Shia LaBeouf and Margaret Qualley Split amid Abuse Lawsuit Against Actor: Source
"They broke up on Saturday. They're just in different places in their lives," the source says of the pair who have recently been out seen together on several occasions.
Another source told PEOPLE the Once Upon a Time... in Hollywood actress was aware of the "backlash" she received for seeing LaBeouf amid the lawsuit filed by singer FKA twigs, born Tahliah Debrett Barnett, accusing him of sexually and physically assaulting and battering her.
The first source says that Qualley's main focus remains on her acting and she is "ready to get back to work." She's soon heading to Canada where's set to begin filming a movie alongside Margot Robbie.
The pair were last photographed on Monday in Studio City and previously were spotted holding hands on a hike in Los Angeles the day after Christmas.
This follows previous sightings after LaBeouf was seen picking up Qualley from the LAX airport last month. They were then seen showing PDA during various other outings.
A source told PEOPLE last month that LaBeouf, 34, and Qualley, 26, sparked a connection after starring in a NSFW music video together earlier this year.
"They got close when they filmed Love Me Like You Hate Me in the early fall," the source said. "They are both very passionate people. They are not dating, but have fun together. Margaret is a social butterfly and has a big group of friends. She doesn't really bring Shia around this group though. She is not interested in having a boyfriend."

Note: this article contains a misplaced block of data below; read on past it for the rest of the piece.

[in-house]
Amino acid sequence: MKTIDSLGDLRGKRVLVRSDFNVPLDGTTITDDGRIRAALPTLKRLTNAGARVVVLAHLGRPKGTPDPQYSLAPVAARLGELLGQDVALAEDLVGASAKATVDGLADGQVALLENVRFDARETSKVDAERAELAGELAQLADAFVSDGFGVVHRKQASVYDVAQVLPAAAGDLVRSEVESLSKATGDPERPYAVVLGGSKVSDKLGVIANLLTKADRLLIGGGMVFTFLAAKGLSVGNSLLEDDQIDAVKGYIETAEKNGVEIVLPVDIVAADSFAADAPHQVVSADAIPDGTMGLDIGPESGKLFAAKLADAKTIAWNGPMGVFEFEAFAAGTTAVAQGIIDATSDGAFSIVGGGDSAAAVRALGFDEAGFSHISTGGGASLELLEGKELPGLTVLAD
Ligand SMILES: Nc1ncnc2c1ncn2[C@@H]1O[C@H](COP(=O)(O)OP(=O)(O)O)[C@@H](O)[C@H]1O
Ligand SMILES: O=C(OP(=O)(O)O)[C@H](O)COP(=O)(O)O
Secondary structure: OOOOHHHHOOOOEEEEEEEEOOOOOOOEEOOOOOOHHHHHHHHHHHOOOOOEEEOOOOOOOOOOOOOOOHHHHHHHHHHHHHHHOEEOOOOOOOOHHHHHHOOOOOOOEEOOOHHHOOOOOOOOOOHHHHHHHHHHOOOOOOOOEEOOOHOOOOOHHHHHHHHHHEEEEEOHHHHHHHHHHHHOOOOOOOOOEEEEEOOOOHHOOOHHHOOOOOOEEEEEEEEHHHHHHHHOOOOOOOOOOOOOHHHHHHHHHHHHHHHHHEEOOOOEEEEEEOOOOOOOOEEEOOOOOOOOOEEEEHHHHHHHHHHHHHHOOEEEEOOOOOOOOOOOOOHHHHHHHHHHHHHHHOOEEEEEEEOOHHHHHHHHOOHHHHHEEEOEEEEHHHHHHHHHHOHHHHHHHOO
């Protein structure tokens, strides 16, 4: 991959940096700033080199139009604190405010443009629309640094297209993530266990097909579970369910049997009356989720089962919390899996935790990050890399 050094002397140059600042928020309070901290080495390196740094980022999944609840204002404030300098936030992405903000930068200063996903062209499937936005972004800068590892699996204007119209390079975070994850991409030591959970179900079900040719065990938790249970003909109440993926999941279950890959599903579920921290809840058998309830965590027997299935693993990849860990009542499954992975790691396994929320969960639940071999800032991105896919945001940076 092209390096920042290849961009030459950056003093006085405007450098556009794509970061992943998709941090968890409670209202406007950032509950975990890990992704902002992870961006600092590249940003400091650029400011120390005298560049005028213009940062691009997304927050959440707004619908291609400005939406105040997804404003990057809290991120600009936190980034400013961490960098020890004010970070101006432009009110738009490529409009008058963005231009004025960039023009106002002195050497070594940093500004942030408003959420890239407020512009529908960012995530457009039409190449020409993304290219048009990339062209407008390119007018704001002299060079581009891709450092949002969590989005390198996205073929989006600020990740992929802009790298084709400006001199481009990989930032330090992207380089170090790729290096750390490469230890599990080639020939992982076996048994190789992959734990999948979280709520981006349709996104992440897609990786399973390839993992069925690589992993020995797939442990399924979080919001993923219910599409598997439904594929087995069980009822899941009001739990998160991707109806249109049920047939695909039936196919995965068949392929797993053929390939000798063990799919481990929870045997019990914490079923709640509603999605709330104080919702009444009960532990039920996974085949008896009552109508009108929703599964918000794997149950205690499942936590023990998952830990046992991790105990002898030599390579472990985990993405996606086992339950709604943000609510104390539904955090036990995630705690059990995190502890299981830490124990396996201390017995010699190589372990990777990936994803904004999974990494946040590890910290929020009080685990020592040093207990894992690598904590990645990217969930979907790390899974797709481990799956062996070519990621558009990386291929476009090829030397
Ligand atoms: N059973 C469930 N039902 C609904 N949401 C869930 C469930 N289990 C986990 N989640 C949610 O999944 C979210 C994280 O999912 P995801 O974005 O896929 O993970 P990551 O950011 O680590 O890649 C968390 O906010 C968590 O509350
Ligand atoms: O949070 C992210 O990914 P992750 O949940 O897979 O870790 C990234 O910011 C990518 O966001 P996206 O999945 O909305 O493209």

Barnett, 32, described several instances of physical abuse in the documents obtained by PEOPLE.
"What I went through with Shia was the worst thing I've ever been through in the whole of my life," Barnett said in an interview with The New York Times. "I don't think people would ever think that it would happen to me. But I think that's the thing. It can happen to anybody."
WATCH: Shia LaBeouf's Pieces of a Woman Costar Vanessa Kirby Reacts to Abuse Allegations Against Him
LaBeouf later addressed the allegations in several emails to the newspaper, saying he was in no position "to tell anyone how my behavior made them feel."
"I have no excuses for my alcoholism or aggression, only rationalizations. I have been abusive to myself and everyone around me for years," he wrote to The Times. "I have a history of hurting the people closest to me. I'm ashamed of that history and am sorry to those I hurt. There is nothing else I can really say."
In a different email, however, he said that "many" of the allegations were not true but explained he owed the women "the opportunity to air their statements publicly and accept accountability for those things I have done."
Reps for LaBeouf did not respond to PEOPLE's request for comment at the time, while Barnett's attorney Bryan Freedman said to PEOPLE: "Shia LaBeouf has abused Ms. Barnett, Ms. Pho and others. We tried to resolve this matter privately on the condition that Mr. LaBeouf agree to receive meaningful and consistent psychological treatment. Since he was unwilling to agree to get appropriate help, Ms. Barnett filed this suit to prevent others from unknowingly suffering similar abuse by him."
If you or someone you know has been sexually assaulted, please contact the National Sexual Assault Hotline at 1-800-656-HOPE (4673) or go to rainn.org.
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